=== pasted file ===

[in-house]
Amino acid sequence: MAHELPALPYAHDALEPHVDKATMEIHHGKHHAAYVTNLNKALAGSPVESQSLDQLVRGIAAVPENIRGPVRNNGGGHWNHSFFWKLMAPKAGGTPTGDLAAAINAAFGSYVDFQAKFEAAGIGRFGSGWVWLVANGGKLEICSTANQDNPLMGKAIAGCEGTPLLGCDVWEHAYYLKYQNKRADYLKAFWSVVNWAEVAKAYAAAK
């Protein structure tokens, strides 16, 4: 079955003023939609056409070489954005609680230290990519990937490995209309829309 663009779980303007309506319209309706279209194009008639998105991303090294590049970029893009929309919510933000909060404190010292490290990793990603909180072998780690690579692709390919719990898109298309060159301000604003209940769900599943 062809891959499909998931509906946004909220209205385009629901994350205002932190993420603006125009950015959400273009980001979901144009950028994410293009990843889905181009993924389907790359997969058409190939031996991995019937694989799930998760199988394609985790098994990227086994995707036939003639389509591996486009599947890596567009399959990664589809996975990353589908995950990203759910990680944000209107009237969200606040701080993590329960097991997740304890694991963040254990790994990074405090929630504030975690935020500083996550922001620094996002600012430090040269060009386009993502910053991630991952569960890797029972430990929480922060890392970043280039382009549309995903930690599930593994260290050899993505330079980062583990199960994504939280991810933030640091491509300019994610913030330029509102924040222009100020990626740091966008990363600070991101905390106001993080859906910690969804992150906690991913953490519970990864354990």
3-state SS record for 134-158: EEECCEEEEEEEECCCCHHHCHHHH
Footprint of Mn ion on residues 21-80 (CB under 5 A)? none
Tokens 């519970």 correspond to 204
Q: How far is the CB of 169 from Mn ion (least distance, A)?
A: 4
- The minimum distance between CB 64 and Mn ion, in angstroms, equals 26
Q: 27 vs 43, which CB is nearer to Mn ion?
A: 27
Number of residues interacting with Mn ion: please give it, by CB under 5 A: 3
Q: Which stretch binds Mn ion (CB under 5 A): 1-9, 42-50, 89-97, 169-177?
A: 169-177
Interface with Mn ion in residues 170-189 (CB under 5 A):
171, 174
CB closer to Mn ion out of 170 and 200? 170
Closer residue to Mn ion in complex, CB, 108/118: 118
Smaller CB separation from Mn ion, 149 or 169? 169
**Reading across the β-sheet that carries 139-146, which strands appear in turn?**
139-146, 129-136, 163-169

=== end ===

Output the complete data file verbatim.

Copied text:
[in-house]
Amino acid sequence: MAHELPALPYAHDALEPHVDKATMEIHHGKHHAAYVTNLNKALAGSPVESQSLDQLVRGIAAVPENIRGPVRNNGGGHWNHSFFWKLMAPKAGGTPTGDLAAAINAAFGSYVDFQAKFEAAGIGRFGSGWVWLVANGGKLEICSTANQDNPLMGKAIAGCEGTPLLGCDVWEHAYYLKYQNKRADYLKAFWSVVNWAEVAKAYAAAK
């Protein structure tokens, strides 16, 4: 079955003023939609056409070489954005609680230290990519990937490995209309829309 663009779980303007309506319209309706279209194009008639998105991303090294590049970029893009929309919510933000909060404190010292490290990793990603909180072998780690690579692709390919719990898109298309060159301000604003209940769900599943 062809891959499909998931509906946004909220209205385009629901994350205002932190993420603006125009950015959400273009980001979901144009950028994410293009990843889905181009993924389907790359997969058409190939031996991995019937694989799930998760199988394609985790098994990227086994995707036939003639389509591996486009599947890596567009399959990664589809996975990353589908995950990203759910990680944000209107009237969200606040701080993590329960097991997740304890694991963040254990790994990074405090929630504030975690935020500083996550922001620094996002600012430090040269060009386009993502910053991630991952569960890797029972430990929480922060890392970043280039382009549309995903930690599930593994260290050899993505330079980062583990199960994504939280991810933030640091491509300019994610913030330029509102924040222009100020990626740091966008990363600070991101905390106001993080859906910690969804992150906690991913953490519970990864354990």
3-state SS record for 134-158: EEECCEEEEEEEECCCCHHHCHHHH
Footprint of Mn ion on residues 21-80 (CB under 5 A)? none
Tokens 């519970």 correspond to 204
Q: How far is the CB of 169 from Mn ion (least distance, A)?
A: 4
- The minimum distance between CB 64 and Mn ion, in angstroms, equals 26
Q: 27 vs 43, which CB is nearer to Mn ion?
A: 27
Number of residues interacting with Mn ion: please give it, by CB under 5 A: 3
Q: Which stretch binds Mn ion (CB under 5 A): 1-9, 42-50, 89-97, 169-177?
A: 169-177
Interface with Mn ion in residues 170-189 (CB under 5 A):
171, 174
CB closer to Mn ion out of 170 and 200? 170
Closer residue to Mn ion in complex, CB, 108/118: 118
Smaller CB separation from Mn ion, 149 or 169? 169
**Reading across the β-sheet that carries 139-146, which strands appear in turn?**
139-146, 129-136, 163-169